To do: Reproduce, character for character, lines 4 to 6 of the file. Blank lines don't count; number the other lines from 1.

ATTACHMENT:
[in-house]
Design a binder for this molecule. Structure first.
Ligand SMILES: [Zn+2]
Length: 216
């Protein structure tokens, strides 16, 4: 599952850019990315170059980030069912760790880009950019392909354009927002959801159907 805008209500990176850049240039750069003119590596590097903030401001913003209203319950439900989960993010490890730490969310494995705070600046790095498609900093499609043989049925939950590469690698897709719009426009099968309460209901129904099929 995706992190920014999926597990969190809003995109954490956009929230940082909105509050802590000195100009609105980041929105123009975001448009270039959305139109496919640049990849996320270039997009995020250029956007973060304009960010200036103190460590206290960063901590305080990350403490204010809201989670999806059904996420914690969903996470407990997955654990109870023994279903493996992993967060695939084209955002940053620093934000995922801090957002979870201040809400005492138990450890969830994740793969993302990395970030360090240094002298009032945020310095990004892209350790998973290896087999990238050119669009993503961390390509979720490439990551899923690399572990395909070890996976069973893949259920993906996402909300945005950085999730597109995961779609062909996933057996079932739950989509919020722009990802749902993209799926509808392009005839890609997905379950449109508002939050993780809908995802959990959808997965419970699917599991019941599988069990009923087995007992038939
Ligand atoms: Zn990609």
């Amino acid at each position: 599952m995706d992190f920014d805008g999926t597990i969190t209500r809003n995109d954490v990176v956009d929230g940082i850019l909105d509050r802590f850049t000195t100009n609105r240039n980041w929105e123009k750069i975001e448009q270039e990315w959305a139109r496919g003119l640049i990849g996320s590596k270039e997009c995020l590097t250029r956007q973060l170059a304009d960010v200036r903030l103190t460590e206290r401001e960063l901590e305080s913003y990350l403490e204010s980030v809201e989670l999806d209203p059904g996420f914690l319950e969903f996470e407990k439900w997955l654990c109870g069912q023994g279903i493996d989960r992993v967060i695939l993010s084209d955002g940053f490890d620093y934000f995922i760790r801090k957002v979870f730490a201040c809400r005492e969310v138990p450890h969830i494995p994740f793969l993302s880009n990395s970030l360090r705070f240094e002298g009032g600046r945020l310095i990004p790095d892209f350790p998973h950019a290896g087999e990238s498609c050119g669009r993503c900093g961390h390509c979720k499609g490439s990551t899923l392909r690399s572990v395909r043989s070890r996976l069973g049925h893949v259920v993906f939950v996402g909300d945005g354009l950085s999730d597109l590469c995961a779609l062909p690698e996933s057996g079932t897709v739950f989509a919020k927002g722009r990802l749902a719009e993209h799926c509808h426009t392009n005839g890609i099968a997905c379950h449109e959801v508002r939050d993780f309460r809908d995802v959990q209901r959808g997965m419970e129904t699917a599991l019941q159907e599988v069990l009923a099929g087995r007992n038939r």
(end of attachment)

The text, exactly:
Length: 216
């Protein structure tokens, strides 16, 4: 599952850019990315170059980030069912760790880009950019392909354009927002959801159907 805008209500990176850049240039750069003119590596590097903030401001913003209203319950439900989960993010490890730490969310494995705070600046790095498609900093499609043989049925939950590469690698897709719009426009099968309460209901129904099929 995706992190920014999926597990969190809003995109954490956009929230940082909105509050802590000195100009609105980041929105123009975001448009270039959305139109496919640049990849996320270039997009995020250029956007973060304009960010200036103190460590206290960063901590305080990350403490204010809201989670999806059904996420914690969903996470407990997955654990109870023994279903493996992993967060695939084209955002940053620093934000995922801090957002979870201040809400005492138990450890969830994740793969993302990395970030360090240094002298009032945020310095990004892209350790998973290896087999990238050119669009993503961390390509979720490439990551899923690399572990395909070890996976069973893949259920993906996402909300945005950085999730597109995961779609062909996933057996079932739950989509919020722009990802749902993209799926509808392009005839890609997905379950449109508002939050993780809908995802959990959808997965419970699917599991019941599988069990009923087995007992038939
Ligand atoms: Zn990609």